Her Real Name Was Rose


Rose’s first husband was killed in the “reign of terror.” She had also been imprisoned for being too close to the counter-revolutionary financial circles, but was miraculously was freed with the fall of the dreaded Robespierre.  Her second husband was Napoléon Bonaparte, who insisted that she would be forever called Joséphine.

Napoléon needed a rich wife and Joséphine saw him as a possible patron even though she knew him to be silent and awkward around women.  Their marriage took place in March 1796.  Napoléon’s gift to his beloved was a gold medallion inscribed with the words “To Destiny.”

Destiny would indeed be with them, even though their fates led them in separate directions.   Napoléon required an heir.  Even during the divorce ceremony, their love was unmistakable.

“Far from ever finding cause for complaint, I can to the contrary only congratulate myself on the devotion and tenderness of my beloved wife.  She has adorned thirteen years of my life; the memory will always remain engraved on my heart.”

Napoléon Bonaparte

“With the permission of our august and dear husband, I must declare that, having no hope of bearing children who would fulfill the needs of his policies and the interests of France, I am pleased to offer him the greatest proof of attachment and devotion ever offered on this earth.”

Joséphine Bonaparte

There is a postscript. History has given Joséphine a prominent position through her two children from her first marriage.  Joséphine was the maternal grandmother of Napoléon III, through her daughter Hortense. And through her son, Eugène, she was the great-grandmother of later Swedish and Danish kings and queens. The reigning houses of Belgium, Norway and Luxembourg are also her descendents.

Published by Rebecca Budd

Blogger, Visual Storyteller, Podcaster, Traveler and Life-long Learner

24 thoughts on “Her Real Name Was Rose

  1. my favorite story, although I can’t confirm it is true is a letter Napoleon wrote to her along of lines of “I am returning from the front in a few days, do not bathe” — that implies a deep passion.


  2. There is so much to their love story – and with all the politics of the time – it is a good thing that both of them thought to write letters! Otherwise, we would never know what happened between them. Thanks so much for adding to the discussion!!!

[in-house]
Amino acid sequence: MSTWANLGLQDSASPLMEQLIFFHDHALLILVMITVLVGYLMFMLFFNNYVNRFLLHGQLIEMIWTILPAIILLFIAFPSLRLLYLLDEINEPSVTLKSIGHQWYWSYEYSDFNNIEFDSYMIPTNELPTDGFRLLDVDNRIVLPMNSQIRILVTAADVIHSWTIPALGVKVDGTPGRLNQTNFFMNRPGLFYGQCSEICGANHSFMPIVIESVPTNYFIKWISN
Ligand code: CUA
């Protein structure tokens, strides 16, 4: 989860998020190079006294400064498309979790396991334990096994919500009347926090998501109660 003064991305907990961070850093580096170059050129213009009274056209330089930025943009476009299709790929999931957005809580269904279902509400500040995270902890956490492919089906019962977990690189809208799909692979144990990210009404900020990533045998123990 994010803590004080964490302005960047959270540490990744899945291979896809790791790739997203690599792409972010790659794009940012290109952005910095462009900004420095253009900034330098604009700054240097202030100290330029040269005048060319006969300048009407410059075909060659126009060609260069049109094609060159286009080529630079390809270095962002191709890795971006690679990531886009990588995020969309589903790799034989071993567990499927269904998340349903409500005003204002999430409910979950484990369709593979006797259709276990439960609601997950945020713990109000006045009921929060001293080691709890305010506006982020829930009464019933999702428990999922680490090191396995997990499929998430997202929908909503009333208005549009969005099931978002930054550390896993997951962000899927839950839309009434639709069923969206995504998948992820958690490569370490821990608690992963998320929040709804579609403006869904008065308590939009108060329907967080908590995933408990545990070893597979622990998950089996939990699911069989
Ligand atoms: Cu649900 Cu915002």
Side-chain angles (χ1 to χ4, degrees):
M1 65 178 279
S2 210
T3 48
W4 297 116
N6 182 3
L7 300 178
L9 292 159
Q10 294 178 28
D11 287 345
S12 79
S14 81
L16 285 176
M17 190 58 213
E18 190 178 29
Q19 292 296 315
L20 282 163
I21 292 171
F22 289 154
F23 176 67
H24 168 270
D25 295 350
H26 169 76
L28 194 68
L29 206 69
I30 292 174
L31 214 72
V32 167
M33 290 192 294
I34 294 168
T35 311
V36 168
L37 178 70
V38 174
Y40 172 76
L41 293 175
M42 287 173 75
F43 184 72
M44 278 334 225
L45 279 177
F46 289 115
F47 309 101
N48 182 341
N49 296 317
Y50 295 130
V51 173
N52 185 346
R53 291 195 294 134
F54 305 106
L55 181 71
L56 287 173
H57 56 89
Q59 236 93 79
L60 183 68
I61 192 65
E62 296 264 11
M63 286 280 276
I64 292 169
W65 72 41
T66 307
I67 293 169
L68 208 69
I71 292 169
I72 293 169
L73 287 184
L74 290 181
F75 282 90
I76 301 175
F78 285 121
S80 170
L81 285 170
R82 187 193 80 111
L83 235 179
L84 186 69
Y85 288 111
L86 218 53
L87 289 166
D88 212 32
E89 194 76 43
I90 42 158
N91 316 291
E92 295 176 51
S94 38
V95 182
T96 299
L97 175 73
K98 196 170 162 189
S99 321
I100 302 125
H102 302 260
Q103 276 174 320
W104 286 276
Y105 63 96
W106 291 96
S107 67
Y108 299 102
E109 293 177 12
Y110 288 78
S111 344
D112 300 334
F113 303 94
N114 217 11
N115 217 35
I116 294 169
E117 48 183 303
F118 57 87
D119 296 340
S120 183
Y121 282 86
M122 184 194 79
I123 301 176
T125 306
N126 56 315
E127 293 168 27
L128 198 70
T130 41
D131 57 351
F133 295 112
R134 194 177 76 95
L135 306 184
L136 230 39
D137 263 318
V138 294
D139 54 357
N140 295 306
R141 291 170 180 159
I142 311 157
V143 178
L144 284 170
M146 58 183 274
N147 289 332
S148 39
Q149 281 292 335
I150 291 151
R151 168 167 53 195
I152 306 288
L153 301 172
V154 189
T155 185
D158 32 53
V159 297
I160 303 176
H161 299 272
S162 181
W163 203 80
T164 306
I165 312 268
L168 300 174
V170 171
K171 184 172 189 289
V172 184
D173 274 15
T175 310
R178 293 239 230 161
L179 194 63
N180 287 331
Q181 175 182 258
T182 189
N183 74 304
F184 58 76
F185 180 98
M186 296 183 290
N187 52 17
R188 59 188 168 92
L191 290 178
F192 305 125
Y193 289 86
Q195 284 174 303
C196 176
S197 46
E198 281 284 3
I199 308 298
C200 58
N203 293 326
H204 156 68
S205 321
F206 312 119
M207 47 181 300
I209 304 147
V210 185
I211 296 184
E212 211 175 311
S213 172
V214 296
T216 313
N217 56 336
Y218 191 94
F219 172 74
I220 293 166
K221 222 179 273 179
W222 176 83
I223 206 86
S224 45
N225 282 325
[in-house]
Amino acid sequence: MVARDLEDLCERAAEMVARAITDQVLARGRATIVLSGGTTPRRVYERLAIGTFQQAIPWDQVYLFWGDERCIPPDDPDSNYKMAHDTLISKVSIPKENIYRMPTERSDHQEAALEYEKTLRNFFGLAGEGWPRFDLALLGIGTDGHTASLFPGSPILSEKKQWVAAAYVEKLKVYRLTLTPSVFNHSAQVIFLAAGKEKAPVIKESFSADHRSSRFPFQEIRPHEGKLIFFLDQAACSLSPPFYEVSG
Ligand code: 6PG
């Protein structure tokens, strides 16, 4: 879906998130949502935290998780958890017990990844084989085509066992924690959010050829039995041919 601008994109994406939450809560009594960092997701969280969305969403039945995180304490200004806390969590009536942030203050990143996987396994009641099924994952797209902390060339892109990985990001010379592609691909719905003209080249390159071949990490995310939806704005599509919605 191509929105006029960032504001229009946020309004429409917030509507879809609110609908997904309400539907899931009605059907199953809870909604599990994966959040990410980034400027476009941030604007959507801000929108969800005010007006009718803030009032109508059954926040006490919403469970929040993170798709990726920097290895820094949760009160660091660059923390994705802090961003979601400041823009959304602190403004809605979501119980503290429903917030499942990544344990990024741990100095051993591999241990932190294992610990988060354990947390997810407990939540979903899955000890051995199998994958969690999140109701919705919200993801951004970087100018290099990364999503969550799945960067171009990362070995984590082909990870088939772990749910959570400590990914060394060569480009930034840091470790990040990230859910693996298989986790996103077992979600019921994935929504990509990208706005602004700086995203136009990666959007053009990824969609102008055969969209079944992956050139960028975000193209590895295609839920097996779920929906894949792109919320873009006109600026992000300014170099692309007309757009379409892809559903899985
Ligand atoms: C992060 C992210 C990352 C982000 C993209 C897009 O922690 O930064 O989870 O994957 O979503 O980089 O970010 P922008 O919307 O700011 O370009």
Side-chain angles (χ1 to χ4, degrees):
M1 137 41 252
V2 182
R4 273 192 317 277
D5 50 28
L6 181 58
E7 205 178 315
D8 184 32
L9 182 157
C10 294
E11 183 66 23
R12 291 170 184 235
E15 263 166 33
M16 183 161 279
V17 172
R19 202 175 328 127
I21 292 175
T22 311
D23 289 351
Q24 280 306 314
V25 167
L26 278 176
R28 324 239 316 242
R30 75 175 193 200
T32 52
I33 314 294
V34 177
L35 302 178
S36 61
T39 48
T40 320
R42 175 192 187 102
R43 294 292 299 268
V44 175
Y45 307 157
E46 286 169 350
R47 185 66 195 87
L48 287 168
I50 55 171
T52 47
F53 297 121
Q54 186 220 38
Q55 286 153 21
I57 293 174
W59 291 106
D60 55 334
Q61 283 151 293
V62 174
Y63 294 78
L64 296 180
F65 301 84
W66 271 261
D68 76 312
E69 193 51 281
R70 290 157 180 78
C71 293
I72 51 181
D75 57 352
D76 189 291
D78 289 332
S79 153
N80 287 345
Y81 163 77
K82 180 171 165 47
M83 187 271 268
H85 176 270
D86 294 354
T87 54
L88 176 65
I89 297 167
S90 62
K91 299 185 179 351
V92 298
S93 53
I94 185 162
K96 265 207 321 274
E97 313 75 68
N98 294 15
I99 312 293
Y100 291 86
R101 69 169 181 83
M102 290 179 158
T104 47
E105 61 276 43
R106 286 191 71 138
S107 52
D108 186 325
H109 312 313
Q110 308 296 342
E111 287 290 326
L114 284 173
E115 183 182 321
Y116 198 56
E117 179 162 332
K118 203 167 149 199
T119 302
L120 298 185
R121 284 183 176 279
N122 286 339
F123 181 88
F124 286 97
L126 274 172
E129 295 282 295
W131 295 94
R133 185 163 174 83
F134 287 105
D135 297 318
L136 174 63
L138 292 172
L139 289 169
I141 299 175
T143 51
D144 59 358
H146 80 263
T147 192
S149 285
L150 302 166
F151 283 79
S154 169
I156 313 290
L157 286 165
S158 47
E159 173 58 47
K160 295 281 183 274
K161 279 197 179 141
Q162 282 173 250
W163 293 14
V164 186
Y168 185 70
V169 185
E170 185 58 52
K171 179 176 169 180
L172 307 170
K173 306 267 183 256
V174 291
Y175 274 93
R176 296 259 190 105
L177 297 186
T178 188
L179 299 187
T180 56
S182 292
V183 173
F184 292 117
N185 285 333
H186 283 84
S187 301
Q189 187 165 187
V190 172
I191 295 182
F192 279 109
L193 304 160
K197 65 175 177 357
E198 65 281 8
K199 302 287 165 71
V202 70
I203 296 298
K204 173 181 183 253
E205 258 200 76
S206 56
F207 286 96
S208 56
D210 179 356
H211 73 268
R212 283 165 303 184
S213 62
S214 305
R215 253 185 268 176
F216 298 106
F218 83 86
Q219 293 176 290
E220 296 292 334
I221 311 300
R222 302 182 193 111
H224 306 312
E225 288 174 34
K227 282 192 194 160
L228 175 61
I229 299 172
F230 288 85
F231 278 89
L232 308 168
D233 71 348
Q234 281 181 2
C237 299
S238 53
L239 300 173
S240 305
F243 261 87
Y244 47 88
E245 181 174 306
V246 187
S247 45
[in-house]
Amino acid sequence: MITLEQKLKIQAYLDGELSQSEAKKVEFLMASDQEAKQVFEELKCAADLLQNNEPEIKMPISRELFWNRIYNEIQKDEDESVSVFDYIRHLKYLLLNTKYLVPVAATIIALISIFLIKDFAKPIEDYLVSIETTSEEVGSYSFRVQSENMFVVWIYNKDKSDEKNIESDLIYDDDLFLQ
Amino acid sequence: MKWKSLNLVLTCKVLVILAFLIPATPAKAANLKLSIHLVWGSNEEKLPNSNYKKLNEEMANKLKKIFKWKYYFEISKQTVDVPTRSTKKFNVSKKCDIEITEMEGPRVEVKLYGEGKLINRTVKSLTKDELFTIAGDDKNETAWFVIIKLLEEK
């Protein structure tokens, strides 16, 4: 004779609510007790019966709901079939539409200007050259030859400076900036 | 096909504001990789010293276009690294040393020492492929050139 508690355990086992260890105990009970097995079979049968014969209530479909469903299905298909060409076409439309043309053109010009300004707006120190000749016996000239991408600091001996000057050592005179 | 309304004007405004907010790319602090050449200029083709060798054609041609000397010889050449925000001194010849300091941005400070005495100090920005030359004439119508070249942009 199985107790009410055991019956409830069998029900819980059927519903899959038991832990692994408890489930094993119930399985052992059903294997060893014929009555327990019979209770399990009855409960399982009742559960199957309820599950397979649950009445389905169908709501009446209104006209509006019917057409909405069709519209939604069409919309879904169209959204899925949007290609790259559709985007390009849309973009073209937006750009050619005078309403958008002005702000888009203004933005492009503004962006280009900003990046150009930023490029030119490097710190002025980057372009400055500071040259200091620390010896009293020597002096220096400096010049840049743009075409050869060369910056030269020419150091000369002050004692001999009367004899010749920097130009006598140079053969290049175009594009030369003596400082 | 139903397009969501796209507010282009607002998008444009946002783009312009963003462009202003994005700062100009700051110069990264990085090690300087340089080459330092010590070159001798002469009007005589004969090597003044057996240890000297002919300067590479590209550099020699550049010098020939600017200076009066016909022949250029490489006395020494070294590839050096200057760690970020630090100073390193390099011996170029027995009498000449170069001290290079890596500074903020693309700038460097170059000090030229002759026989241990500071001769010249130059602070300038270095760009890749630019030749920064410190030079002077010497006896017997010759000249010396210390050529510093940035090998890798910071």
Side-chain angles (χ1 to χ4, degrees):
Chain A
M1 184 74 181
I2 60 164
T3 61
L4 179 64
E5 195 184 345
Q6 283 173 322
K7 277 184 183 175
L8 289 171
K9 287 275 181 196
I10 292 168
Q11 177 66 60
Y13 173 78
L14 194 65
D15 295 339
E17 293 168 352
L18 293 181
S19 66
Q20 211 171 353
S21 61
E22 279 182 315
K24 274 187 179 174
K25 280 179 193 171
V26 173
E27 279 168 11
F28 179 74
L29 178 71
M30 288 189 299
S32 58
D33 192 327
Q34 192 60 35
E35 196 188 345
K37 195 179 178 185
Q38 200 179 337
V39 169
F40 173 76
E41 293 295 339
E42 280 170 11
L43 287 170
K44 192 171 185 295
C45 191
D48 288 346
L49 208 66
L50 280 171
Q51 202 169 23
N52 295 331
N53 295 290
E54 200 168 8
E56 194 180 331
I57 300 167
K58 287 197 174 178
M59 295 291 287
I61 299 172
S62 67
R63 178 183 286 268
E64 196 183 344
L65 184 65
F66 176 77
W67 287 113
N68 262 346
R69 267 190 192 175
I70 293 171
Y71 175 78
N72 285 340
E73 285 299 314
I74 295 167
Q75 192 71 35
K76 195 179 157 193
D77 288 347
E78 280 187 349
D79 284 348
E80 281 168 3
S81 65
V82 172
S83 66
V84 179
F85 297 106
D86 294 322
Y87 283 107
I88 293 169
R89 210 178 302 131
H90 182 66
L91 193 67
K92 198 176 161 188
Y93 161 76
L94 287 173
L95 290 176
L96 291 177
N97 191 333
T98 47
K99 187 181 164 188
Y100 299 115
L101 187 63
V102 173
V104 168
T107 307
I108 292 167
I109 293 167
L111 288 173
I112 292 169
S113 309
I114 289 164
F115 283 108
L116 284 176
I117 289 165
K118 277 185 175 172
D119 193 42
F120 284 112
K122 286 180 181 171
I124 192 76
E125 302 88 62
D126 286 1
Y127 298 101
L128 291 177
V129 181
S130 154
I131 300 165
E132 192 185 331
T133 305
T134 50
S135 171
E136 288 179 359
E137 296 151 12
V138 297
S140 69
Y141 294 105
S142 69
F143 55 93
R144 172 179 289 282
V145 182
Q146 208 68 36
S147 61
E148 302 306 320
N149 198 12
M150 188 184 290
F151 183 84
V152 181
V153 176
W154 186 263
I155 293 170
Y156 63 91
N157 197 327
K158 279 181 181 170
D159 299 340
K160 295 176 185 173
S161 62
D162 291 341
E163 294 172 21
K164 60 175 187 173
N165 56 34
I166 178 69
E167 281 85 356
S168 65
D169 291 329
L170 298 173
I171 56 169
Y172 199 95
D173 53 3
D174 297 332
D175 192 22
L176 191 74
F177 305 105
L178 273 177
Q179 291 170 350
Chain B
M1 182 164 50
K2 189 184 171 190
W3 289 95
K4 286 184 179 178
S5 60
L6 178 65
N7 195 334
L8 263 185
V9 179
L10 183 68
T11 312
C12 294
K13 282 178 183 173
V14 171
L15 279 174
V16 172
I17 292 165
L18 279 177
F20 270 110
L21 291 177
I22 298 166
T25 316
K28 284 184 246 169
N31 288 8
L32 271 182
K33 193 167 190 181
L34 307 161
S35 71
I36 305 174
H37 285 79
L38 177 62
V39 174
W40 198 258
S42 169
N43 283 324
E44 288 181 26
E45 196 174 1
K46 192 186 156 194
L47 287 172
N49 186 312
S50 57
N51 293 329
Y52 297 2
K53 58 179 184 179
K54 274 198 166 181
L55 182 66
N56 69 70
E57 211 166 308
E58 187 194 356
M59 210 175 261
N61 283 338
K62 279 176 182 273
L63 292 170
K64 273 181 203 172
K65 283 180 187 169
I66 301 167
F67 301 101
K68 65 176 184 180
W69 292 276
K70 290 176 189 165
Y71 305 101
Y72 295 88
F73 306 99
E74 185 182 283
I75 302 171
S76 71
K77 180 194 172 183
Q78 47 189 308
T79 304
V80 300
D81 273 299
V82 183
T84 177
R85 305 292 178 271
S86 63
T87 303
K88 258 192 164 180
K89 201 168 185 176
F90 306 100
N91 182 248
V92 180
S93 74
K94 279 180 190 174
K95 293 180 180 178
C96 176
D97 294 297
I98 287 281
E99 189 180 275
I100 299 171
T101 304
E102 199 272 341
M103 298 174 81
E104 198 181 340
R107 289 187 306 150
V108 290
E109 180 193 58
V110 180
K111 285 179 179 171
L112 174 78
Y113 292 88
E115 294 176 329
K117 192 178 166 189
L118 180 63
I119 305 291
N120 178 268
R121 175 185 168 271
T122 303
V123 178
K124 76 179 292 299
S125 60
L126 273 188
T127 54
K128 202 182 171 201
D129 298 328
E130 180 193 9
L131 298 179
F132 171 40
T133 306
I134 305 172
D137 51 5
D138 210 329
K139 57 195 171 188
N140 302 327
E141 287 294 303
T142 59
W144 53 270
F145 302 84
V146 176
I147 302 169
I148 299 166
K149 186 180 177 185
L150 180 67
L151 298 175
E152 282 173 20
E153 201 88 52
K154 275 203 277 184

1. I don’t believe she ever did. I never knew, until I did a little bit of research that her name was actually Rose. She has a marvelous history – I’m going to look into more deeply. This is the story of my life – I get sidetracked into all these little research projects and never stay on track, but maybe that is what is so interesting about life.


  3. What a great “story” , I hate to admit I did not know this 😦 Thankyou for sharing it, I think I’ll read more about these two 😀


    1. I must confess that I knew only a little bit – there is so much more to Josephine’s story. I’m glad that you will be doing some more research. We can compare notes!


  4. Interesting lovestory, great drama.
    We should write more letters! You have inspired me – this weekend I’ll get my favourite inkpen and my best stationary out and do some handwriting… 🙂
    Enjoy your weekend!


    1. What a great idea! We are losing the art of letter writing. The other day, when I was writing a grocery list, I realized I have got out of practice of using a pen, now that I am mostly on the computer. I recall the days when I used a fountain pen. Now I am dating myself…


    1. It must have been quite something to see the two of them as emperor and empress. I wonder if there were any paparazzi during that time. Something to research…


    1. Well said. What I am finding in my research over the past week is that the resilience of love has a co-relation with the strength of the woman. I’ve been looking a the marriage of John and Abigail Adams as well as Queen Victoria and Prince Albert. Very interesting…


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